How to Pick a Specialty as a Med Student

Choosing a medical speciality is the next step after med school. Here are many factors to consider when picking your medical speciality.

So you’ve studied ALL the systems, learned ALL the physical exams (even the neuro one!), and the moment has arrived: it’s time to pick a medical specialty and apply to residency. This decision creeps up MUCH faster than most people expect, so here are some questions to keep in mind during your first couple years of med school to help you choose that perfect specialty when the time comes. 


Go with your gut!

the-big-punch-figureWhen the first ember of becoming a physician began to glow all those years ago, you probably had a couple specialties in mind. Maybe a psychology class during undergrad piqued your interest, and you’re thinking about psychiatry. Maybe you’ve always loved working with your hands, so you have a hunch you’d like surgery. Whatever these feelings may be, listen to them! When you hear that a professor is a physical medicine and rehabilitation doctor, does that make you want to run up to them and talk about all the great exercises a recovering stroke patient can do? We recommend following up with any and all people who are involved in fields you have a remote interest in, especially early on in your tenure as a medical student. Now’s the time to learn, so go for it!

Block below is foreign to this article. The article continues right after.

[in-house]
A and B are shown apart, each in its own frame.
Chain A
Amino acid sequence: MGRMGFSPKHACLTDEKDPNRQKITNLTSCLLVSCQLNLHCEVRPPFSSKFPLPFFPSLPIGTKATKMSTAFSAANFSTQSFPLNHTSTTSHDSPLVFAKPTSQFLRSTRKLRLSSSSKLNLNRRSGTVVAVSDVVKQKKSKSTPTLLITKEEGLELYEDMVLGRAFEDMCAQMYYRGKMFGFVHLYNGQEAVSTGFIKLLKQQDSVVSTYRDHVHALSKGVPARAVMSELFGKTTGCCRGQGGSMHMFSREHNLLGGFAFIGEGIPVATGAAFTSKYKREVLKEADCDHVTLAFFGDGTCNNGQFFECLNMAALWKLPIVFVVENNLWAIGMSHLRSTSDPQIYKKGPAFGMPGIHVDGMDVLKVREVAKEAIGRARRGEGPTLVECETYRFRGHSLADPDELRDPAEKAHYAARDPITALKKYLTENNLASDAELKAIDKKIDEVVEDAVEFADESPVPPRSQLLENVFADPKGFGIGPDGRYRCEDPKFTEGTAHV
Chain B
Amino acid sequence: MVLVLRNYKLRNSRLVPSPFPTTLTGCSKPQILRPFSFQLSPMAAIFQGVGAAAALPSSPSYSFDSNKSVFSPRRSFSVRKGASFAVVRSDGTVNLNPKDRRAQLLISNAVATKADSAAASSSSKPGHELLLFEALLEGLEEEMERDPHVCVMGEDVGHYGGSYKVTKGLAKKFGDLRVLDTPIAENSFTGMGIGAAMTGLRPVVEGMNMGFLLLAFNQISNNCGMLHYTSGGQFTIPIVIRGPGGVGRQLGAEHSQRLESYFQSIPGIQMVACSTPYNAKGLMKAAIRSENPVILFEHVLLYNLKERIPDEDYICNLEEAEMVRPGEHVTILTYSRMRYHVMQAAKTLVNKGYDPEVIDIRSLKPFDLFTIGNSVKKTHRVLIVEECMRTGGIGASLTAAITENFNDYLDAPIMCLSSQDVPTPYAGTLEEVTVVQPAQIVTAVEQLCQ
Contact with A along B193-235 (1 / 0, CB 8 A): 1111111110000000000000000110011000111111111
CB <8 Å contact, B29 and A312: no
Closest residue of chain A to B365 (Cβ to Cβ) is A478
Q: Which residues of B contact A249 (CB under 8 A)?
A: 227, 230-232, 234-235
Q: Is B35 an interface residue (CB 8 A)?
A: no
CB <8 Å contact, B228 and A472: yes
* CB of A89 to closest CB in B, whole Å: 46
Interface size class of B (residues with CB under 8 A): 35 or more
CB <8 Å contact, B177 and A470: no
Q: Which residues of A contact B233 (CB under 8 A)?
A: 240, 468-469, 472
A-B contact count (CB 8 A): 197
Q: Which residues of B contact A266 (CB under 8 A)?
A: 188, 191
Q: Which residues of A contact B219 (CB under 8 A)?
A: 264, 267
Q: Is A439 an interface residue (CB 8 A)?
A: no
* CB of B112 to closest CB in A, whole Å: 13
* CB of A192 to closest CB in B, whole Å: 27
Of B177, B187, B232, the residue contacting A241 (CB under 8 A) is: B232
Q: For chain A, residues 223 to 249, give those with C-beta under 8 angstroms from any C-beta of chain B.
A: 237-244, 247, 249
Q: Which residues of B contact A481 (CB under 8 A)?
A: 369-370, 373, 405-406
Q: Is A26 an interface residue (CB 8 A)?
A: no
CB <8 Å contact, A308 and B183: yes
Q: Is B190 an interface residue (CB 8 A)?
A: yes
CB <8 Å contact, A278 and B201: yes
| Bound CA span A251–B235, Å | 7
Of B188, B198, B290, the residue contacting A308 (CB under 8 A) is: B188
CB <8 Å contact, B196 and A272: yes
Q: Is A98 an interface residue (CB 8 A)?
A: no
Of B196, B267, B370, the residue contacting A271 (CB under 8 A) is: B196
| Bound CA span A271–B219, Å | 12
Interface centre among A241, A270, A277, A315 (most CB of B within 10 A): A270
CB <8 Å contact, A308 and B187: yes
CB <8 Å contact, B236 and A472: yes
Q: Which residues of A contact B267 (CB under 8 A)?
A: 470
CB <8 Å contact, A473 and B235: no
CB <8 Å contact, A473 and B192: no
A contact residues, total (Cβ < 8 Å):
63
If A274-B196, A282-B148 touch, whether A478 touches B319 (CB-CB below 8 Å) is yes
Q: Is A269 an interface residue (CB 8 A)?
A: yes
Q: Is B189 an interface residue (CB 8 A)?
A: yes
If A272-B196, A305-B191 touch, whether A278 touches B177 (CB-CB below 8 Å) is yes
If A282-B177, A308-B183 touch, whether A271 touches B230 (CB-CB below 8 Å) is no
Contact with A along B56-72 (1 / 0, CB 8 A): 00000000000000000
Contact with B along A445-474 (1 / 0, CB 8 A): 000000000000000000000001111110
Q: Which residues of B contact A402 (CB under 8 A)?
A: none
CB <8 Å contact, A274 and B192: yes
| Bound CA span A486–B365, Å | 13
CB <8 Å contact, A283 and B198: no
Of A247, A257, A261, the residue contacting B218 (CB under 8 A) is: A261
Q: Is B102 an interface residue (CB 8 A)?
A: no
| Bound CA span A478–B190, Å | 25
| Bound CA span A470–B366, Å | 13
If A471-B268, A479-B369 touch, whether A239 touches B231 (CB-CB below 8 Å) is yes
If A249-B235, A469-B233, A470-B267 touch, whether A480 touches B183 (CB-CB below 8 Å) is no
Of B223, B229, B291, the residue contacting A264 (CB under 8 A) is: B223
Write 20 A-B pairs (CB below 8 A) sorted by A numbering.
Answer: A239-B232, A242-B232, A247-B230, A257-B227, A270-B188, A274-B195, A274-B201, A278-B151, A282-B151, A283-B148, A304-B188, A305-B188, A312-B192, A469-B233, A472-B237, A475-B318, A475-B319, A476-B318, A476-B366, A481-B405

That being said, sometimes our guts are confused and the message isn’t so clear…what to do then?


Go beyond your gut!